U.S. President Barack Obama has pledged to start transitioning security responsibilities in Afghanistan to the Afghan forces next August. He also said a drawdown of the U.S. military in Iraq has helped free resources for the war effort in Afghanistan.
President Obama's plans for Afghanistan come against a backdrop of a worsening security situation.
Violence has continued throughout the country, despite the increasing numbers of international troops. Plus, insurgent attacks that primarily had occurred in the Taliban-controlled south have started to appear in what was the relatively peaceful north.
In the face of this, Afghans awoke Wednesday to President Obama's pledge to start a transition of power to the country's security forces next August. Since late last year, Mr. Obama has vowed to start withdrawing U.S. troops next July, depending on security conditions.
He also said the drawdown of U.S. forces in Iraq has freed resources for the war effort in Afghanistan.
General Zahir Azimi, the spokesman for Afghanistan's Ministry of Defense, told reporters in Kabul that his country welcomes the additional U.S. resources. He said the increasing attention will help create a framework so that the Afghan army can stand on its own, making the transition fast and easy.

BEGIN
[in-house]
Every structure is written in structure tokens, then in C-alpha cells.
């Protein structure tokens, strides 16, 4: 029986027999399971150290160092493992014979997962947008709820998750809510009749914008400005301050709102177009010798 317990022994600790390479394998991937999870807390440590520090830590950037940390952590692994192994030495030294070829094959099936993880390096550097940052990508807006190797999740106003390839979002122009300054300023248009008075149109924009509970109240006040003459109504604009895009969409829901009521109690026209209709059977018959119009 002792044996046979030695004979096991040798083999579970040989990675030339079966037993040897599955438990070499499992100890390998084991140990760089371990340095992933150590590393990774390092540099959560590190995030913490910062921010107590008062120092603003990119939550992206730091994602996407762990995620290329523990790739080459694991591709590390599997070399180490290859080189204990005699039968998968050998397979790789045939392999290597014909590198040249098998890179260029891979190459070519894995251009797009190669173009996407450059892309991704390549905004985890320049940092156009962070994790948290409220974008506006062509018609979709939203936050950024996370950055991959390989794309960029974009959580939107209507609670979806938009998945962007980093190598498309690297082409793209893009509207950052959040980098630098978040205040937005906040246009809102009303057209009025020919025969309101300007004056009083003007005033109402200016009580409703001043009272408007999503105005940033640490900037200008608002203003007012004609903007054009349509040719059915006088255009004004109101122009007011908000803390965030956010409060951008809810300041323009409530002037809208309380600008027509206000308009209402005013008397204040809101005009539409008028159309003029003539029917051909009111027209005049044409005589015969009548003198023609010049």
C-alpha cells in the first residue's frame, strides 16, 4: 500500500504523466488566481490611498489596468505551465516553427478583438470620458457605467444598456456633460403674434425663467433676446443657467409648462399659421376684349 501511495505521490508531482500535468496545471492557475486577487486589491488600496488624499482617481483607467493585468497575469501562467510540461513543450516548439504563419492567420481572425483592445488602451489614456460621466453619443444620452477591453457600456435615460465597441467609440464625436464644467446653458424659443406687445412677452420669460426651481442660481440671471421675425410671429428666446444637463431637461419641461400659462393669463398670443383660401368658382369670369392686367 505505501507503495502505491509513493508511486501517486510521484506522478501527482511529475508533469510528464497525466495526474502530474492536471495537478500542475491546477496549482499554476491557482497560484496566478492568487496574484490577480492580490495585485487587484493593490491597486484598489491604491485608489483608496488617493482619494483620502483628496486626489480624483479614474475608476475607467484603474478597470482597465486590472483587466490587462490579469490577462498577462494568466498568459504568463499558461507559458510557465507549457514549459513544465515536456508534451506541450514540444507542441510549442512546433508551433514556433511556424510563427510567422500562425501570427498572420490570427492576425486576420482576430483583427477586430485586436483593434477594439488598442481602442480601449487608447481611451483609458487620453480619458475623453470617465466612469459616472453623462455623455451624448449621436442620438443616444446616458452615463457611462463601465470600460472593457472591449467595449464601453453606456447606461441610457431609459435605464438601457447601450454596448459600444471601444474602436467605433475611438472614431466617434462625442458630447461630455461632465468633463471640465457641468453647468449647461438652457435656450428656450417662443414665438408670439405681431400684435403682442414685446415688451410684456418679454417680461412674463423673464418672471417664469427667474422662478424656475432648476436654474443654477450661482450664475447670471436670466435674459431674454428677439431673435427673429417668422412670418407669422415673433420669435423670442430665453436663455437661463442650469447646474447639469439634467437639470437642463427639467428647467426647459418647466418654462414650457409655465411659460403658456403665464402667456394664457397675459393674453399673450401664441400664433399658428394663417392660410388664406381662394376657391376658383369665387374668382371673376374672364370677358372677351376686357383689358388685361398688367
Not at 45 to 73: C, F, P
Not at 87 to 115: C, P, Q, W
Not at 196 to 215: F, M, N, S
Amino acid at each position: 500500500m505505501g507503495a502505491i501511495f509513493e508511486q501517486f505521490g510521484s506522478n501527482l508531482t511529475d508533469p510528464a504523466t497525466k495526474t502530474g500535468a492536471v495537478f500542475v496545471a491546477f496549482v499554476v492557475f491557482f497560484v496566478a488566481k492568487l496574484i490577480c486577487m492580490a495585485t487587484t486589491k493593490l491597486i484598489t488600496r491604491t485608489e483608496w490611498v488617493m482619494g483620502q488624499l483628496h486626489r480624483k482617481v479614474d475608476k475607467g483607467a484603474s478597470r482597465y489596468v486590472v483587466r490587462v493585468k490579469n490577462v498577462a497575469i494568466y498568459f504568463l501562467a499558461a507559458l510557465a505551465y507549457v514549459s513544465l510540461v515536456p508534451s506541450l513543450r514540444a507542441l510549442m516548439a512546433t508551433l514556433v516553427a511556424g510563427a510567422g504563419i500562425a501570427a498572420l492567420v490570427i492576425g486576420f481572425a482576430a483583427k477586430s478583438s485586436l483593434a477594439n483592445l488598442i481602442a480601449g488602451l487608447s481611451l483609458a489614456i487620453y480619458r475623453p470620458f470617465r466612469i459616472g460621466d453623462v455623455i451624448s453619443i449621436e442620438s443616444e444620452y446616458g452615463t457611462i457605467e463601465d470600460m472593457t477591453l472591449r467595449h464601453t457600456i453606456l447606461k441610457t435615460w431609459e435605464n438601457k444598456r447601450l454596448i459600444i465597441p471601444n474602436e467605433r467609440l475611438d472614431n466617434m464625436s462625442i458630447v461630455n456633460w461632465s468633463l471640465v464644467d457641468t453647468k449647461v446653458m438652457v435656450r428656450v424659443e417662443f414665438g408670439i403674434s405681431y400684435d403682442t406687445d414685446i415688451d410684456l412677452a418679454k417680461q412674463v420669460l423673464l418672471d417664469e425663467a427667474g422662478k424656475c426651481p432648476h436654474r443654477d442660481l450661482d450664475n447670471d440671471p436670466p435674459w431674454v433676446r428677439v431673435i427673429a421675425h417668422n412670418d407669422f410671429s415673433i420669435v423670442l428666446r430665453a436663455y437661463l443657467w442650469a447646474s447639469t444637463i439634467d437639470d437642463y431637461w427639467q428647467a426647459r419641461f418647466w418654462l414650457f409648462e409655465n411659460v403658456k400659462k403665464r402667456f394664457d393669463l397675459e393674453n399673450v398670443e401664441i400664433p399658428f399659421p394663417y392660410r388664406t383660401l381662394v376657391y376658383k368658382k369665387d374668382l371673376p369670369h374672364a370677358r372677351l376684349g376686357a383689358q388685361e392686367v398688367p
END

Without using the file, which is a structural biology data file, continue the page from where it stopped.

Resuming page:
But General Azimi said the transition should have come much sooner. He said one of the reasons that the security situation has deteriorated is because attention on Afghanistan waned as the war in Iraq began. He said he believes that conditions at that time in Afghanistan were suitable for the formation of a strong national army and infrastructure. But he adds that the opportunity was missed.
Afghanistan Center for Research and Policy Studies Director Haroun Mir agrees that the country suffered from an insufficient international focus during most of the Iraq War. But he says Afghan President Hamid Karzai's government and the international community should not dwell on the past.
"I think it is too late for this blame game. So now we have to focus on using all the resources that are available in Afghanistan in order to improve the Afghan security forces because we all know it will be politically very difficult for the Obama administration to change its strategy," Mir said.
Mir says President Obama's low public approval ratings in the United States show that he cannot afford to delay America's withdrawal from Afghanistan, despite saying that it will depend on conditions on the ground.
He also warns that the U.S. troop pullout will not be smooth because of President Karzai's criticism of the withdrawal plan.
Late last week, Mr. Karzai called President Obama's July 2011 deadline to begin the pullout a "morale boost" for insurgents.
But Mir says the biggest boost for insurgents will come from the government in Kabul, if it fails to stem corruption and provide for Afghanistan's people.